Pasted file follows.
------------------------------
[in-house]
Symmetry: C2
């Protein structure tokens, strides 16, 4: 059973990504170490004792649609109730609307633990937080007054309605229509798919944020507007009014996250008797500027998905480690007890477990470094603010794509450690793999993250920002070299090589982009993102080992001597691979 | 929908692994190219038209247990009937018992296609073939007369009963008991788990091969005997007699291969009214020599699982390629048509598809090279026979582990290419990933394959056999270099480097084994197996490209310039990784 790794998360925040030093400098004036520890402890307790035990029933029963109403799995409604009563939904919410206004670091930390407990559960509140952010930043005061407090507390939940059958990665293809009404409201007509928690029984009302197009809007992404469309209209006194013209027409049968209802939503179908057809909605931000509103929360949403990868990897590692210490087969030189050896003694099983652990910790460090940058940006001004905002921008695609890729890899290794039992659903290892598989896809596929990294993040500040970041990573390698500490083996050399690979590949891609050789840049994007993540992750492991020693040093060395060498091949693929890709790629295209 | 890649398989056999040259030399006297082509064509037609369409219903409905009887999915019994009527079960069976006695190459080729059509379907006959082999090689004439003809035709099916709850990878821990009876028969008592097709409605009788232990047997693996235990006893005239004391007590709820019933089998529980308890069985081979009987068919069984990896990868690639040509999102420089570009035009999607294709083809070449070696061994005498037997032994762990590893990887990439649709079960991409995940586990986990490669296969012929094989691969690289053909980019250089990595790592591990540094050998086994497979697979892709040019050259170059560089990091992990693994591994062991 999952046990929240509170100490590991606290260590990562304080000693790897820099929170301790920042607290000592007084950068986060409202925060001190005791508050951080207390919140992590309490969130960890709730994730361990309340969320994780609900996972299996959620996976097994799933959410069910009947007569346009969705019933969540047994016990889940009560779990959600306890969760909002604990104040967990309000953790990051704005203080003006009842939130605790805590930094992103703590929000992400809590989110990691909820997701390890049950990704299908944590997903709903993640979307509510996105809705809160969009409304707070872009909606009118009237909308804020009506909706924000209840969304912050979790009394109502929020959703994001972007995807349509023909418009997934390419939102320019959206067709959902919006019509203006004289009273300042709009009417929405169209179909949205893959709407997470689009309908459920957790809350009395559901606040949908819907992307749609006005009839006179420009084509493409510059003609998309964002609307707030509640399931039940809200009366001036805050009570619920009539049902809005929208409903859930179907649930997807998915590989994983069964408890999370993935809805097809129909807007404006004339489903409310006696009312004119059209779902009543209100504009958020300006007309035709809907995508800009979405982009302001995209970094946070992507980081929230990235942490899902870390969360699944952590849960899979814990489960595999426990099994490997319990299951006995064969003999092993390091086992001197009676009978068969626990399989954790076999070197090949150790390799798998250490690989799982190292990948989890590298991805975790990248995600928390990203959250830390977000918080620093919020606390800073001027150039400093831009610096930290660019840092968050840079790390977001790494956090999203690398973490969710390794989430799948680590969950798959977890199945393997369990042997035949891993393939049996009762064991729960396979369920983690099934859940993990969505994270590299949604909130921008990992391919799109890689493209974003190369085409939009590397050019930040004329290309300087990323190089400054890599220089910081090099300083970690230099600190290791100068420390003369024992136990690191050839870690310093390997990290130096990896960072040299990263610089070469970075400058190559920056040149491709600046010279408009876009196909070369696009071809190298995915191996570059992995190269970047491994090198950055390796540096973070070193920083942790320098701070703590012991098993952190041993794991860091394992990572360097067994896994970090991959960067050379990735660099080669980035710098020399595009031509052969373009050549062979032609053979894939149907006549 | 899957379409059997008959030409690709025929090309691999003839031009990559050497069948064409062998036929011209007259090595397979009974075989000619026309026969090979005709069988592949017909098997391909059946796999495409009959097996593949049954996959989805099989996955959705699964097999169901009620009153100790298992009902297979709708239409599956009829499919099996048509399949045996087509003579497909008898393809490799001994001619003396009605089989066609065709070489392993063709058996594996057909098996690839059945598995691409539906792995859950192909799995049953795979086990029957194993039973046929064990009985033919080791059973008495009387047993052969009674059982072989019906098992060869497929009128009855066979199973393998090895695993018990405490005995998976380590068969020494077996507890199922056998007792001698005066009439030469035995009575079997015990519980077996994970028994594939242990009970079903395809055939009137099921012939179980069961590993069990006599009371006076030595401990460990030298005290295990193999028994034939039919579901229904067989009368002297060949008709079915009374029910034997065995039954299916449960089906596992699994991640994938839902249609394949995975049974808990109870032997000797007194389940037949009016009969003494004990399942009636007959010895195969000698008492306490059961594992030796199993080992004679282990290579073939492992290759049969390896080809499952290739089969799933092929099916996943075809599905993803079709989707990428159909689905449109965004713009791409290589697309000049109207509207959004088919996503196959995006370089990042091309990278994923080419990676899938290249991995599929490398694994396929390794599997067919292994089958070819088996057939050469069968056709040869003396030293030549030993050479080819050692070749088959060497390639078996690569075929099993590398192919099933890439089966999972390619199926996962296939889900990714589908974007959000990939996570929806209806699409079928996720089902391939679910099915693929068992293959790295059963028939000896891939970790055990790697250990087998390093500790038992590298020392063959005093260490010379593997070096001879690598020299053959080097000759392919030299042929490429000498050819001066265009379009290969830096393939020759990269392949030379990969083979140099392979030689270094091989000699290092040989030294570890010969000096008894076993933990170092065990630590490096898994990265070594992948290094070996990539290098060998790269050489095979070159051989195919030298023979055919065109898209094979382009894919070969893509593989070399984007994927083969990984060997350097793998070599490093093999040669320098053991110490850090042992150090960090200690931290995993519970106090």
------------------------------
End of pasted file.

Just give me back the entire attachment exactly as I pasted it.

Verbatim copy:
[in-house]
Symmetry: C2
């Protein structure tokens, strides 16, 4: 059973990504170490004792649609109730609307633990937080007054309605229509798919944020507007009014996250008797500027998905480690007890477990470094603010794509450690793999993250920002070299090589982009993102080992001597691979 | 929908692994190219038209247990009937018992296609073939007369009963008991788990091969005997007699291969009214020599699982390629048509598809090279026979582990290419990933394959056999270099480097084994197996490209310039990784 790794998360925040030093400098004036520890402890307790035990029933029963109403799995409604009563939904919410206004670091930390407990559960509140952010930043005061407090507390939940059958990665293809009404409201007509928690029984009302197009809007992404469309209209006194013209027409049968209802939503179908057809909605931000509103929360949403990868990897590692210490087969030189050896003694099983652990910790460090940058940006001004905002921008695609890729890899290794039992659903290892598989896809596929990294993040500040970041990573390698500490083996050399690979590949891609050789840049994007993540992750492991020693040093060395060498091949693929890709790629295209 | 890649398989056999040259030399006297082509064509037609369409219903409905009887999915019994009527079960069976006695190459080729059509379907006959082999090689004439003809035709099916709850990878821990009876028969008592097709409605009788232990047997693996235990006893005239004391007590709820019933089998529980308890069985081979009987068919069984990896990868690639040509999102420089570009035009999607294709083809070449070696061994005498037997032994762990590893990887990439649709079960991409995940586990986990490669296969012929094989691969690289053909980019250089990595790592591990540094050998086994497979697979892709040019050259170059560089990091992990693994591994062991 999952046990929240509170100490590991606290260590990562304080000693790897820099929170301790920042607290000592007084950068986060409202925060001190005791508050951080207390919140992590309490969130960890709730994730361990309340969320994780609900996972299996959620996976097994799933959410069910009947007569346009969705019933969540047994016990889940009560779990959600306890969760909002604990104040967990309000953790990051704005203080003006009842939130605790805590930094992103703590929000992400809590989110990691909820997701390890049950990704299908944590997903709903993640979307509510996105809705809160969009409304707070872009909606009118009237909308804020009506909706924000209840969304912050979790009394109502929020959703994001972007995807349509023909418009997934390419939102320019959206067709959902919006019509203006004289009273300042709009009417929405169209179909949205893959709407997470689009309908459920957790809350009395559901606040949908819907992307749609006005009839006179420009084509493409510059003609998309964002609307707030509640399931039940809200009366001036805050009570619920009539049902809005929208409903859930179907649930997807998915590989994983069964408890999370993935809805097809129909807007404006004339489903409310006696009312004119059209779902009543209100504009958020300006007309035709809907995508800009979405982009302001995209970094946070992507980081929230990235942490899902870390969360699944952590849960899979814990489960595999426990099994490997319990299951006995064969003999092993390091086992001197009676009978068969626990399989954790076999070197090949150790390799798998250490690989799982190292990948989890590298991805975790990248995600928390990203959250830390977000918080620093919020606390800073001027150039400093831009610096930290660019840092968050840079790390977001790494956090999203690398973490969710390794989430799948680590969950798959977890199945393997369990042997035949891993393939049996009762064991729960396979369920983690099934859940993990969505994270590299949604909130921008990992391919799109890689493209974003190369085409939009590397050019930040004329290309300087990323190089400054890599220089910081090099300083970690230099600190290791100068420390003369024992136990690191050839870690310093390997990290130096990896960072040299990263610089070469970075400058190559920056040149491709600046010279408009876009196909070369696009071809190298995915191996570059992995190269970047491994090198950055390796540096973070070193920083942790320098701070703590012991098993952190041993794991860091394992990572360097067994896994970090991959960067050379990735660099080669980035710098020399595009031509052969373009050549062979032609053979894939149907006549 | 899957379409059997008959030409690709025929090309691999003839031009990559050497069948064409062998036929011209007259090595397979009974075989000619026309026969090979005709069988592949017909098997391909059946796999495409009959097996593949049954996959989805099989996955959705699964097999169901009620009153100790298992009902297979709708239409599956009829499919099996048509399949045996087509003579497909008898393809490799001994001619003396009605089989066609065709070489392993063709058996594996057909098996690839059945598995691409539906792995859950192909799995049953795979086990029957194993039973046929064990009985033919080791059973008495009387047993052969009674059982072989019906098992060869497929009128009855066979199973393998090895695993018990405490005995998976380590068969020494077996507890199922056998007792001698005066009439030469035995009575079997015990519980077996994970028994594939242990009970079903395809055939009137099921012939179980069961590993069990006599009371006076030595401990460990030298005290295990193999028994034939039919579901229904067989009368002297060949008709079915009374029910034997065995039954299916449960089906596992699994991640994938839902249609394949995975049974808990109870032997000797007194389940037949009016009969003494004990399942009636007959010895195969000698008492306490059961594992030796199993080992004679282990290579073939492992290759049969390896080809499952290739089969799933092929099916996943075809599905993803079709989707990428159909689905449109965004713009791409290589697309000049109207509207959004088919996503196959995006370089990042091309990278994923080419990676899938290249991995599929490398694994396929390794599997067919292994089958070819088996057939050469069968056709040869003396030293030549030993050479080819050692070749088959060497390639078996690569075929099993590398192919099933890439089966999972390619199926996962296939889900990714589908974007959000990939996570929806209806699409079928996720089902391939679910099915693929068992293959790295059963028939000896891939970790055990790697250990087998390093500790038992590298020392063959005093260490010379593997070096001879690598020299053959080097000759392919030299042929490429000498050819001066265009379009290969830096393939020759990269392949030379990969083979140099392979030689270094091989000699290092040989030294570890010969000096008894076993933990170092065990630590490096898994990265070594992948290094070996990539290098060998790269050489095979070159051989195919030298023979055919065109898209094979382009894919070969893509593989070399984007994927083969990984060997350097793998070599490093093999040669320098053991110490850090042992150090960090200690931290995993519970106090």